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Patients Wanted: Communication, Marketing and Tech

Posted on: 26 Feb 03


The process of finding, screening, and recruiting clinical trial patients at multiple research sites is a challenge for even the largest pharmaceutical sponsors and clinical research organizations.
The Patient Recruitment Challenge The process of finding, screening, and recruiting clinical trial patients at multiple research sites is a challenge for even the largest pharmaceutical sponsors and clinical research organizations. US data indicates that the number of clinical trials per NDA more than doubled over the period 1985-1995, with NDAs approved in 1994-1995 containing on average 68 clinical trials ,1-3. It has been suggested that increasing the number of patients required for NDA clinical trial databases could reduce post-marketing adverse events and thus recruitment strategy will be crucial to a trial’s success1-3. It has also been pointed out that the nature of the drugs being trialed will affect statistics such as the number of subjects in a trial1. For example, in 1998, trial sizes ranged from an estimated 212 patients for Xeloda, a breast cancer drug that received accelerated approval based largely on a 162-subject Phase II study, to the 16,000 subjects enrolled worldwide for Actonel, a drug for Paget’s disease. 1 An analysis by CMR International, of 23 clinical dossiers submitted between February 1995 and April 1999 to regulatory authorities in Europe, the USA and Japan, found that the dossiers contained on average 35 clinical trials, involving on average more than 4,000 subjects each.1,4 Using communication and technology In recent years there has been an increase in media coverage of all the aspects – good and bad – of development-stage medical devices. This has led to a subsequent increase in the number of self-referred patients participating in clinical trials. “This phenomenon may be attributed to a change in the way device manufacturers are promoting their investigational products.”5 Patients have now more access to data through the Internet, and some device firms have followed the lead of the pharmaceutical industry and have implemented direct-to-consumer (DTC) marketing schemes. In addition to improving patient awareness about devices, DTC advertising and patient recruitment can help manufacturers avoid potential conflicts of interest on the part of investigators. Project management software is essential to help identify and plan for recruitment/study milestones, including the approval of campaign materials by institutional review boards and the timing of "deliverables" to prospective patients and other members of the trial team. Enrollment programs must track each study site's response to the referrals generated by the recruitment campaign. Such tools can also help refine tactics throughout the program, while customizing elements of the recruitment program to each investigator's preferences. Within the USA, sponsors and CROs are now posting information regarding their clinical trials on the Internet. This is usually featured on web sites of research center, and patient associations or advocacy groups. The Internet provides several benefits to the potential trial patient. First, it offers a unique medium for interaction and discussion between current and prospective patients as well as discussions with investigators. When surfing the Internet, the potential patient is the active recipient of target information, which is inexpensive and accessible 24 hours a day. In addition, when potential patients surf the Internet, they are usually highly motivated and self-selecting. Another crucial element of the recruitment process is in-depth knowledge of the patient profile. Enrollment consultants can provide special expertise in this area by working with therapeutically focused clinicians who review historic data and demographic factors before initiating any recruitment programs. Trial planners must understand the clinical trial's market demographics, patient population, and possible barriers to the study. Involving patients Clinical and community outreach initiatives can be helpful for enrolling patients in clinical trials with narrow inclusion criteria. Target populations for the outreach programs may include clinically defined patients, caregivers, families, support groups, and community-based referral sources. Such initiatives can include educational and medical information programs delivered on-site at hospitals, residential care facilities, community health and senior centers, and affinity group meetings run by skilled MDs, PhDs, and other experts trained in the specific clinical trial protocol. Study planners must also enlist community support groups to reach patients and families who suffer from specific ailments. Many factors, including involvement in concurrent clinical studies, can distract clinical trial processes and procedures. References 1. Kermani F and Findlay G (2000). The Pharmaceutical R&D Compendium. 2. Peck CC. Drug Development: Improving the Process. Food and Drug Law Journal 1997; 52/2:163-167. 3. Woodcock J. Larger Clinical Trials Could Detect AES Earlier. The Pink Sheet. 10 May 1999. 4. Hynes CL, McAuslane JAN and Walker SR. Issues of Concern in Clinical Development: The Growing Size of the Clinical Dossier. Proceedings of a CMR International Workshop. CMR International 2000. 5. “Consumer Promotion Raising Number of Self-Referred Clinical Trial Patients” The Gray Sheet, March 26, 2001, p. 27.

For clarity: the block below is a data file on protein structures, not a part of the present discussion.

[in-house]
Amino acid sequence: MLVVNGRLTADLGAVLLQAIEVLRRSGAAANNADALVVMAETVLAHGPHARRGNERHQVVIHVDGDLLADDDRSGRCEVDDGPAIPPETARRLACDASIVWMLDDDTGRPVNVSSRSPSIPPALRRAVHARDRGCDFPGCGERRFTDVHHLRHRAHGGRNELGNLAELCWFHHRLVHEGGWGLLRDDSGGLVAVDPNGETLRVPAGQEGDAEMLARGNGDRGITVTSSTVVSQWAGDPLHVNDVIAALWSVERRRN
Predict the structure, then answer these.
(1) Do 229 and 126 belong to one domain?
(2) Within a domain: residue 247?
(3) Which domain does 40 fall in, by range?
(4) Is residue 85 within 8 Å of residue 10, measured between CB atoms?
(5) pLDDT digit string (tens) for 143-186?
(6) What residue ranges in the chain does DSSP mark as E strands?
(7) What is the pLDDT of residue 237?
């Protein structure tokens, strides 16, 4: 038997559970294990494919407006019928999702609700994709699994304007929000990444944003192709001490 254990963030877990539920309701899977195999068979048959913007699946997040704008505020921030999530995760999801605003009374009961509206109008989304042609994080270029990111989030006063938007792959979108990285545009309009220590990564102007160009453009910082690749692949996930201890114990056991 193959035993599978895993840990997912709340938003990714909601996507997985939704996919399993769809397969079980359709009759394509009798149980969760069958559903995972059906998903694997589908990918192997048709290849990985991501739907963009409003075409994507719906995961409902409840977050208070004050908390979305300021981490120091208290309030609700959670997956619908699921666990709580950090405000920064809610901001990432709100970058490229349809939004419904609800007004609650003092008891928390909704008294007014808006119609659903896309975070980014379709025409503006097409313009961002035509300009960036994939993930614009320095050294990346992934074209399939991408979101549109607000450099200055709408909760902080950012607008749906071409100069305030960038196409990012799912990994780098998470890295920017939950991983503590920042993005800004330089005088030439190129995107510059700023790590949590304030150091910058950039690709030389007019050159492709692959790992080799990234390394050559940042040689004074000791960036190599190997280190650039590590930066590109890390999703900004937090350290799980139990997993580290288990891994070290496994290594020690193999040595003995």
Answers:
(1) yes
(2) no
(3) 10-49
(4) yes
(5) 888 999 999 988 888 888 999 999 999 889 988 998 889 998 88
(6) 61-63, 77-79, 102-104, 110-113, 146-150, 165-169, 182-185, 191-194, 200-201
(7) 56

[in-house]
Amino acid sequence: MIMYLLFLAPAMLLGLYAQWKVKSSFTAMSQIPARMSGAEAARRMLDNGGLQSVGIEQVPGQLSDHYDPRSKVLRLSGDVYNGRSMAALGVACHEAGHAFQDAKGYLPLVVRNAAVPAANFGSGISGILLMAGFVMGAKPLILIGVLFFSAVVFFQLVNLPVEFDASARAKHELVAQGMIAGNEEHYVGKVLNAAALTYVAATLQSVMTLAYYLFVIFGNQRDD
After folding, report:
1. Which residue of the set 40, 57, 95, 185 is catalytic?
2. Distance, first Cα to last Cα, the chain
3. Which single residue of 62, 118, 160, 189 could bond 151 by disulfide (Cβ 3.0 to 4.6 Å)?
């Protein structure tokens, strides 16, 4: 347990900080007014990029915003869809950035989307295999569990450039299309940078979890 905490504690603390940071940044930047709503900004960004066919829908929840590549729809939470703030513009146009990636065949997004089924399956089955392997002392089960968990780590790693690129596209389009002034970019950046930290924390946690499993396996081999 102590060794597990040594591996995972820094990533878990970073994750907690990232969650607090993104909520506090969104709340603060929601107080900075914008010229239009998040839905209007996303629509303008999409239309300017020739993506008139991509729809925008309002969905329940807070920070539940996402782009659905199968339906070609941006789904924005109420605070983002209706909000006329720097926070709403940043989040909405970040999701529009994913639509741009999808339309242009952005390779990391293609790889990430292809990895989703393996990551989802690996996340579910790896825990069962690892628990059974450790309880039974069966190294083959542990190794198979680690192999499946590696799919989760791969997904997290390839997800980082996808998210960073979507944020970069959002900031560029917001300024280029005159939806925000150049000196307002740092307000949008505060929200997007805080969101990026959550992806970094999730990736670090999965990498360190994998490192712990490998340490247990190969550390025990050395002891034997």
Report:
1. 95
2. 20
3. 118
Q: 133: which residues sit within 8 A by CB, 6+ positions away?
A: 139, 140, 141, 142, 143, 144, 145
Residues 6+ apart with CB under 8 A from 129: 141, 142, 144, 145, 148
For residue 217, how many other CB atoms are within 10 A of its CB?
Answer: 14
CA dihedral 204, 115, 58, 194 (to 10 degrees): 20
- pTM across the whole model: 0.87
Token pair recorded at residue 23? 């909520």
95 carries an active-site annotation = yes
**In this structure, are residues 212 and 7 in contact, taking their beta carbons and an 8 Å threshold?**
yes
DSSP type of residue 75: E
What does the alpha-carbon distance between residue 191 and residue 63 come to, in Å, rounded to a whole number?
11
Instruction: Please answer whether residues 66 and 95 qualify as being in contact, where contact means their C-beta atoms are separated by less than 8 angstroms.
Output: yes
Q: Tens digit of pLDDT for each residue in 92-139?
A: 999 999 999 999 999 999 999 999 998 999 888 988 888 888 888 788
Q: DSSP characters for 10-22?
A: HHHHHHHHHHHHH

Dr Faiz Kermani

Last updated on: 27/08/2010 11:40:18

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